October 12, 2017 6:49 am Leave your thoughts
Theobroma cacao – ‘food of the Gods’: yes, that’s chocolate to you and me. And I don’t think anyone would argue with the translation! Whether chocolate is indeed the Gods’ way of making up for Mondays (as some claim), or a divine apology for broccoli (as others assert), we can all agree that well, life happens – and chocolate helps.
Chocolate comes from the the bitter seeds of the cacao tree, grown in a narrow ‘Cocoa Belt’ some ten degrees either side of the Equator. After fermentation, drying, roasting, grinding and mixing, we end up with the smooth, rich, luxuriant sweetness we all love. But where does the process really start, for Naturally Good Food? Where do we source our chocolate?
What’s our source?
At Naturally Good Food, we look for chocolate with a difference. We’ve got a great range of dairy-free chocolates, for example, made with different types of milk, and sugar-free chocolate too. More particularly, we specialise in organic and Fairtrade chocolate – believing that a foodstuff this good shouldn’t be messed about with, and should be equally wonderful for everyone along the supply chain.
Let’s take a look at some of our suppliers.
Divine chocolate is, as its website states, the only chocolate company in the world that is 100% Fairtrade and owned by its own cocoa farmers.
‘While Fairtrade ensures farmers receive a better deal for their cocoa and additional income to invest in their community, company ownership gives farmers a share of Divine’s profits and a stronger voice in the cocoa industry.’
From Divine, we stock after-dinner mints and cocoa powder. Their beans come from Ghana; the full story of how they may the journey from the tree to our shelves can be seen here.
Plamil is one of the biggest names in chocolate for Naturally Good Food. We stock their range of catering chocolate and smaller, individual bars. We’ve got their chocolate spreads, chocolate flakes and ‘alternative’ products too. Plamil specialise in providing vegan and entirely nut-free chocolate. Here’s what they have to say about the sourcing of their cocoa:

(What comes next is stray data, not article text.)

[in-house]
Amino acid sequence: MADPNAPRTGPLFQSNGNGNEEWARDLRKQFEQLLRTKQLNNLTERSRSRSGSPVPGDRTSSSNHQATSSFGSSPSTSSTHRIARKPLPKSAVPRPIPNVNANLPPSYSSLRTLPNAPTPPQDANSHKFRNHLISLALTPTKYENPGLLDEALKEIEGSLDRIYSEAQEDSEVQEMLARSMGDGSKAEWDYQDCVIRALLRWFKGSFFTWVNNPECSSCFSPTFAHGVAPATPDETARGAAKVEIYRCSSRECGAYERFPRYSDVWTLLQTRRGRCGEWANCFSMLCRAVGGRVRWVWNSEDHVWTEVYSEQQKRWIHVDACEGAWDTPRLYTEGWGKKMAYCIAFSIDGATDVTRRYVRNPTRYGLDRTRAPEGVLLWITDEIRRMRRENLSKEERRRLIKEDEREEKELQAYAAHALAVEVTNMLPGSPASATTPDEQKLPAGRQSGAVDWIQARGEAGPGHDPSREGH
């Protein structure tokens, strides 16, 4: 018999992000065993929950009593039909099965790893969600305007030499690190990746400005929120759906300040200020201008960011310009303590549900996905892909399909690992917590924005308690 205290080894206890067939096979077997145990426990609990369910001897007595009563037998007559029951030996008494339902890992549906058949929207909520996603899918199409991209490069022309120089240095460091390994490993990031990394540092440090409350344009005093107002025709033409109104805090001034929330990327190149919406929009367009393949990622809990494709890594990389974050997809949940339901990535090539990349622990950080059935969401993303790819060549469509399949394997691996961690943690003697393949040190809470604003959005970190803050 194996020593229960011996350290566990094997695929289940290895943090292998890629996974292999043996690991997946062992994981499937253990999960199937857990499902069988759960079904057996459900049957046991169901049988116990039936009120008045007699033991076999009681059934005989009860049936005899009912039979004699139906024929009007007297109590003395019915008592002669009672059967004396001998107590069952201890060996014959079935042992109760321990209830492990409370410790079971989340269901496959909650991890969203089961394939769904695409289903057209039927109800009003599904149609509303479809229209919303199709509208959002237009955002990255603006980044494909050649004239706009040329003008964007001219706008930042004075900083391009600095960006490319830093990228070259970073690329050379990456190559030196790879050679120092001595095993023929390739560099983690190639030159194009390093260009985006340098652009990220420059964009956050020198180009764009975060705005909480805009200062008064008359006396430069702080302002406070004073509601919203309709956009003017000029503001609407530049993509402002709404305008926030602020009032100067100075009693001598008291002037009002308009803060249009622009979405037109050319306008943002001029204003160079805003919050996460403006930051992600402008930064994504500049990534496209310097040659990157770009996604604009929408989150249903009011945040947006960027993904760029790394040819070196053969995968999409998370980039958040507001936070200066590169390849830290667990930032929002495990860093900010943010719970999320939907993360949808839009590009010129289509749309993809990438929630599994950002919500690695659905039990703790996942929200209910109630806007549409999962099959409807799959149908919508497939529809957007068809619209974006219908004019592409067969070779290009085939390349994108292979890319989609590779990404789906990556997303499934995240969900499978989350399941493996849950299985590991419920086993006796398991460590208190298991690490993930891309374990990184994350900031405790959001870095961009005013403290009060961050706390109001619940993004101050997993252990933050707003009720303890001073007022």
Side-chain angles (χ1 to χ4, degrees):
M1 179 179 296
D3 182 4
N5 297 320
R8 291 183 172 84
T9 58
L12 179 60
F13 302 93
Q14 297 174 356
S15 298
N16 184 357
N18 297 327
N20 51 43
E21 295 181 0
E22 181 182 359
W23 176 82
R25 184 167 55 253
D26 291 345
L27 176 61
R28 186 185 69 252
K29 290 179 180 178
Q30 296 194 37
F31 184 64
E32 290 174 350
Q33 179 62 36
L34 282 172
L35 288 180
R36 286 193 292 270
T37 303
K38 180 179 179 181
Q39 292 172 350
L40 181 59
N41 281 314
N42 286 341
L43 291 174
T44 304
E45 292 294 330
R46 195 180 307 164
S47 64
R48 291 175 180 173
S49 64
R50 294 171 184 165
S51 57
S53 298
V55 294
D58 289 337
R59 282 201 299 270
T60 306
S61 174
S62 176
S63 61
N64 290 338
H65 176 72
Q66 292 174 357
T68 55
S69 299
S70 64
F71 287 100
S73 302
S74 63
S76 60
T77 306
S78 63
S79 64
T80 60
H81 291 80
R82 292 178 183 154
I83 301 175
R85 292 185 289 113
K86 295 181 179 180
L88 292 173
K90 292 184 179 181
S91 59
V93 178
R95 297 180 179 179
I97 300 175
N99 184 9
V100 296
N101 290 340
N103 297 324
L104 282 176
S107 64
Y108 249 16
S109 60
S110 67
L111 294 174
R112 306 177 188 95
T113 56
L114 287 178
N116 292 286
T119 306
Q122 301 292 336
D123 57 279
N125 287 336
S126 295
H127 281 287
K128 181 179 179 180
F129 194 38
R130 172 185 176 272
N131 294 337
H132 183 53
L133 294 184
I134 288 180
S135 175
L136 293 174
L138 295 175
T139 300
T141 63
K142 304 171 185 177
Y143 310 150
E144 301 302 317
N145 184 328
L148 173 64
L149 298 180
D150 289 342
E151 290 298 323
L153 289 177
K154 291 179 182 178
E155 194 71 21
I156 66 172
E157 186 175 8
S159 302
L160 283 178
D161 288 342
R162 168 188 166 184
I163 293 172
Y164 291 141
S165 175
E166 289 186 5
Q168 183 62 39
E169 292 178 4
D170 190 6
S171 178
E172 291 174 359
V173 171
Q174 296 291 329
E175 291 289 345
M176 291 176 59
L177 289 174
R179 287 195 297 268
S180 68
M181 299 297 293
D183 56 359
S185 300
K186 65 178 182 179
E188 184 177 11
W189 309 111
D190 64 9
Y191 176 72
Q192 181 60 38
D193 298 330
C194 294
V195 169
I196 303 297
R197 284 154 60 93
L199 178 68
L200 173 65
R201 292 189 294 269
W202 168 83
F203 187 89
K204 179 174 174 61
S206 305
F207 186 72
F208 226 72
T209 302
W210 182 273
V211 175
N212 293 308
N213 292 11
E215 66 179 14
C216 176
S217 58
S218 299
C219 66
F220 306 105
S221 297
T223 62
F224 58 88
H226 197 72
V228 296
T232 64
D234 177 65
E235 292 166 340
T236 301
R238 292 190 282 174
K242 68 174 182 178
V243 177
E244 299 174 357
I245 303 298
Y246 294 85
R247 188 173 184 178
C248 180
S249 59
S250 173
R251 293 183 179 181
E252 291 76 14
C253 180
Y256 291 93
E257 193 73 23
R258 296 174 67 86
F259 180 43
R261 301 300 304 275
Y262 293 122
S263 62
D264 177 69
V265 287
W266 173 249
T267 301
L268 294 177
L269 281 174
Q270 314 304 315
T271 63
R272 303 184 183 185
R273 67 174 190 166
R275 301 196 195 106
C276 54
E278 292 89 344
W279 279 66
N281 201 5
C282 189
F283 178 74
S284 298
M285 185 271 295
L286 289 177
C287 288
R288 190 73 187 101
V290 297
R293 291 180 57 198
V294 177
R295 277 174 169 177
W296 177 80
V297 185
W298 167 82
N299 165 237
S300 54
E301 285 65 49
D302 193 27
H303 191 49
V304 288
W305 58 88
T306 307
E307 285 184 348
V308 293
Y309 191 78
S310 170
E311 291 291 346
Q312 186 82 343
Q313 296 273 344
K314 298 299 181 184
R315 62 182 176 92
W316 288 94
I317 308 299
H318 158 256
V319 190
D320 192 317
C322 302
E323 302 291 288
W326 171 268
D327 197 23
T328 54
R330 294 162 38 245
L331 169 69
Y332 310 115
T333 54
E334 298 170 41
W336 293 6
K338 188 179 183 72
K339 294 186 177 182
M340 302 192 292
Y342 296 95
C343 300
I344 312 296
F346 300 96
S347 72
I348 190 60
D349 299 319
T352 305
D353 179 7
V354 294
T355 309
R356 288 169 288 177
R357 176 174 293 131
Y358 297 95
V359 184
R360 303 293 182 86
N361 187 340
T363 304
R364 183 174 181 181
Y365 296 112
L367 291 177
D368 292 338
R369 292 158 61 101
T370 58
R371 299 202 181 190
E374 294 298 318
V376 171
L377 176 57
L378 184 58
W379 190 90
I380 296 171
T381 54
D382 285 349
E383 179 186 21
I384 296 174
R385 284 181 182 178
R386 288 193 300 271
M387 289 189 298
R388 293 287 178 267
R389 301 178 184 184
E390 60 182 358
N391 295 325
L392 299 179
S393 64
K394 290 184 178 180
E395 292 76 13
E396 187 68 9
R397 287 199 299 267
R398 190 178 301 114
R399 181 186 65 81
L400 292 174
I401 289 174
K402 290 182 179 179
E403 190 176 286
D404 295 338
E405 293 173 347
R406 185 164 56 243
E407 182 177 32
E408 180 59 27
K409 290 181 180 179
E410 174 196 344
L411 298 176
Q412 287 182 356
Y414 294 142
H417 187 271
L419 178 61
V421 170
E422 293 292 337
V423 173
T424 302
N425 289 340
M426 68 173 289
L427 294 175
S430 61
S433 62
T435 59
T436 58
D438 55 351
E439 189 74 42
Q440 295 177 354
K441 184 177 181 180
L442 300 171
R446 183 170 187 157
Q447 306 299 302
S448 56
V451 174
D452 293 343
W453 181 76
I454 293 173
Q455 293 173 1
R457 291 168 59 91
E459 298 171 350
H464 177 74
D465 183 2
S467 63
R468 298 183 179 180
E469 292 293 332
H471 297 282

‘Major ingredients, such as cocoa, are carefully chosen for high production standards, for example Fairtrade, Rainforest Alliance certified or UTZ certified’.
Rainforest Alliance means that an enterprise meets certain standards of social, environmental and economic sustainability. UTZ certification is now the largest programme in the world for ‘sustainable cocoa’, with most UTZ-certified cocoa coming from Cote d’Ivoire or Ghana.
The Raw Chocolate Company
We’ve just started stocking raw cacao butter from this company. They use raw cacao – it’s been sun-dried, rather than heat-treated – and it’s minimally processed. The company source their organic cacao from Peru, under the Fairtrade mechanism.
We’re very proud of our Hasslacher’s gourmet hot chocolate bar, made with 100% cacao. Hasslacher’s reckon that they’re the only brand of chocolate sold in the UK that’s made entirely in the country where the beans grow – Colombia, in this case. Keeping all aspects of production in the country increases employment, removes the middlemen (and their cut) and improves traceability.
All our other chocolate
But that’s just for starters…We’ve also got chocolate from Booja Booja, Biona, Green and Blacks, Cocoa Loco, Montezuma and many other brands. It’s all delicious – and it’s all got something that sets it apart from the pack.
Tags: Booja Booja, cacao, chocolate, cocoa, Cocoa Loco, Dairy free chocolate, Divine, Fairtrade, fairtrade chocolate, green and blacks, Hasslachers, montezuma, non-dairy chocolate, organic chocolate, Plamil, Rainforest Alliance, Raw, source, sugar-free chocolate, UTZ certified
This post was written by Yzanne